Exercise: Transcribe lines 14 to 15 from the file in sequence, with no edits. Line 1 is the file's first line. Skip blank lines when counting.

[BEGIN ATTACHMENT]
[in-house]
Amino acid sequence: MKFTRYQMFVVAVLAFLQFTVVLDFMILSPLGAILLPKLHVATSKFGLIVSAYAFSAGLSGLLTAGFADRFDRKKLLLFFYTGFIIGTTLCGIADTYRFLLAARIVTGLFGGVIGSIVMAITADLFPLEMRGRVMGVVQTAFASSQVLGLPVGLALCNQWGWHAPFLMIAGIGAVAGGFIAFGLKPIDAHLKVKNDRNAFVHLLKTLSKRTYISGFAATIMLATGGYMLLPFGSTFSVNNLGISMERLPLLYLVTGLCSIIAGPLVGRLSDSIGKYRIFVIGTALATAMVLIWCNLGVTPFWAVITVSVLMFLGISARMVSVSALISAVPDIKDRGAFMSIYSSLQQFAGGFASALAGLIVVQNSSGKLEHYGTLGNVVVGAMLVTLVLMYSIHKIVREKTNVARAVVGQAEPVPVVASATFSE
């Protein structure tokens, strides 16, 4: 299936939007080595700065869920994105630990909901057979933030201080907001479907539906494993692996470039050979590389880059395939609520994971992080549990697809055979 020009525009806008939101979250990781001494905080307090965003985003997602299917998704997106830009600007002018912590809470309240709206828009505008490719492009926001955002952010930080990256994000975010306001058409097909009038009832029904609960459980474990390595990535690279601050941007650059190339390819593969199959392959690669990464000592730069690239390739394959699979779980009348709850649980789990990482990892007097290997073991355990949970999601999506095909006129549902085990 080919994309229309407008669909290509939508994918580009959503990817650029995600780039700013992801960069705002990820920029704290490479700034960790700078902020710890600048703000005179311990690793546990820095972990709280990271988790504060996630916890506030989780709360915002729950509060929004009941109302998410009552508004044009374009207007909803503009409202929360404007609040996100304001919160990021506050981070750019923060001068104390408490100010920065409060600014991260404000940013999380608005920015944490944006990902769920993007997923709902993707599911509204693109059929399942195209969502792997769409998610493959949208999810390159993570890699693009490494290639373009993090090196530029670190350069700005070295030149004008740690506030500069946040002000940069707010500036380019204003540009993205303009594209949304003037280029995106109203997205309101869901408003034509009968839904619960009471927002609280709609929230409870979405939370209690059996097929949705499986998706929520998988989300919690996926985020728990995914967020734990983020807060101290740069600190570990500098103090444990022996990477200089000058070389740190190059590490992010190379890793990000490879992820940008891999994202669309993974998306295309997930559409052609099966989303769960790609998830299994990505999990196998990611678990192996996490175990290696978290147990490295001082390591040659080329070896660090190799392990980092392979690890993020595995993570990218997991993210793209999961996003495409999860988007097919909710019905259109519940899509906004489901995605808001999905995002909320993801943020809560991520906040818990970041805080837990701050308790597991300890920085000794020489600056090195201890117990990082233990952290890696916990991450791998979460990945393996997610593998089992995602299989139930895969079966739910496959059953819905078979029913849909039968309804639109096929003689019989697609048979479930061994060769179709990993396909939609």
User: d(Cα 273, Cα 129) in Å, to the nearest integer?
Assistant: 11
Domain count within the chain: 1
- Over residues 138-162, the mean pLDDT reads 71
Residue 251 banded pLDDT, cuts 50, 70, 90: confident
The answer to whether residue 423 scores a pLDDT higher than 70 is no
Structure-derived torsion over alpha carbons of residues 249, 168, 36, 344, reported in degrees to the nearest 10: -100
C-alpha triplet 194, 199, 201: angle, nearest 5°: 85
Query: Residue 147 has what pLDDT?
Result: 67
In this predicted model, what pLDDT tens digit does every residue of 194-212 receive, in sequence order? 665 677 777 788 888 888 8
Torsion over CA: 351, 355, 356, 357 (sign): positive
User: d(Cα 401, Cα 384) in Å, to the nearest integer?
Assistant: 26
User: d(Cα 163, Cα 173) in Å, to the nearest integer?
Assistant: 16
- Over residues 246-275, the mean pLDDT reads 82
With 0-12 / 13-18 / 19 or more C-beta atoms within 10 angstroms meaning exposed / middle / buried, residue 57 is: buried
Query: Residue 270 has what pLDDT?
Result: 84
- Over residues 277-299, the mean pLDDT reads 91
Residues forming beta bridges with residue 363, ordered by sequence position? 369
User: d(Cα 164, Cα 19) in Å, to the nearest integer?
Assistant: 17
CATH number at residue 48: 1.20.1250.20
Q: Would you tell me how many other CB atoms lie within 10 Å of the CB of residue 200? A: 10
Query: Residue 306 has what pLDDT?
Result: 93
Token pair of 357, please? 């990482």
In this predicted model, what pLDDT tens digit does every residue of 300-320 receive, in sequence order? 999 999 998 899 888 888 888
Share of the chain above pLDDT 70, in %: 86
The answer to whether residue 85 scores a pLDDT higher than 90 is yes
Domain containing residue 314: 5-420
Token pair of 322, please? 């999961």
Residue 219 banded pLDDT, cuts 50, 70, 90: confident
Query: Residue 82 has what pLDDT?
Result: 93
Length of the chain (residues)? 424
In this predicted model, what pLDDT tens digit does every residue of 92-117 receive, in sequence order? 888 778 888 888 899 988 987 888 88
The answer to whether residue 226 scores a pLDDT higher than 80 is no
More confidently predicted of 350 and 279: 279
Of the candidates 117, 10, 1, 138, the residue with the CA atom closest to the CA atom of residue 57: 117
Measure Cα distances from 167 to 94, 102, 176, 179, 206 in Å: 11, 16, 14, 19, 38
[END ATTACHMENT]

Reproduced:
In this predicted model, what pLDDT tens digit does every residue of 194-212 receive, in sequence order? 665 677 777 788 888 888 8
Torsion over CA: 351, 355, 356, 357 (sign): positive